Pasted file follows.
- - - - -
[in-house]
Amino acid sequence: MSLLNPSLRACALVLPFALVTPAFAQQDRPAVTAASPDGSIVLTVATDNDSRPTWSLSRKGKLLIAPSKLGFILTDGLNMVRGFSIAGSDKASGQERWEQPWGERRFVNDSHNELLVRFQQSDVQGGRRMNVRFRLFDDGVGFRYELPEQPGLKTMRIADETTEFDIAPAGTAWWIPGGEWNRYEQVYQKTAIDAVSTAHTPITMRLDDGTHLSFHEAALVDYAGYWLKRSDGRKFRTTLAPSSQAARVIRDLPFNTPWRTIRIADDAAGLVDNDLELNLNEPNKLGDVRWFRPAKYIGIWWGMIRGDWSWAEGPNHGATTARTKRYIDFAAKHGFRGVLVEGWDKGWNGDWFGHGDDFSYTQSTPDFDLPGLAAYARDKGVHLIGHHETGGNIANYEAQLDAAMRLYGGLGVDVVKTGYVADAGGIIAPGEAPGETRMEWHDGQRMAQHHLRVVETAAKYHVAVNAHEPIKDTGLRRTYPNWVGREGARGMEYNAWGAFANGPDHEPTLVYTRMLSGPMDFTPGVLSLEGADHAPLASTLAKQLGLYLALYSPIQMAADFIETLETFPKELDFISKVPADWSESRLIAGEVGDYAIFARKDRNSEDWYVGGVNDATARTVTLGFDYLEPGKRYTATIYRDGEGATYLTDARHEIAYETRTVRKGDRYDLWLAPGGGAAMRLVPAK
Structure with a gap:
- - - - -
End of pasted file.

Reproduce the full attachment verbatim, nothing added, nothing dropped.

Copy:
[in-house]
Amino acid sequence: MSLLNPSLRACALVLPFALVTPAFAQQDRPAVTAASPDGSIVLTVATDNDSRPTWSLSRKGKLLIAPSKLGFILTDGLNMVRGFSIAGSDKASGQERWEQPWGERRFVNDSHNELLVRFQQSDVQGGRRMNVRFRLFDDGVGFRYELPEQPGLKTMRIADETTEFDIAPAGTAWWIPGGEWNRYEQVYQKTAIDAVSTAHTPITMRLDDGTHLSFHEAALVDYAGYWLKRSDGRKFRTTLAPSSQAARVIRDLPFNTPWRTIRIADDAAGLVDNDLELNLNEPNKLGDVRWFRPAKYIGIWWGMIRGDWSWAEGPNHGATTARTKRYIDFAAKHGFRGVLVEGWDKGWNGDWFGHGDDFSYTQSTPDFDLPGLAAYARDKGVHLIGHHETGGNIANYEAQLDAAMRLYGGLGVDVVKTGYVADAGGIIAPGEAPGETRMEWHDGQRMAQHHLRVVETAAKYHVAVNAHEPIKDTGLRRTYPNWVGREGARGMEYNAWGAFANGPDHEPTLVYTRMLSGPMDFTPGVLSLEGADHAPLASTLAKQLGLYLALYSPIQMAADFIETLETFPKELDFISKVPADWSESRLIAGEVGDYAIFARKDRNSEDWYVGGVNDATARTVTLGFDYLEPGKRYTATIYRDGEGATYLTDARHEIAYETRTVRKGDRYDLWLAPGGGAAMRLVPAK
Structure with a gap: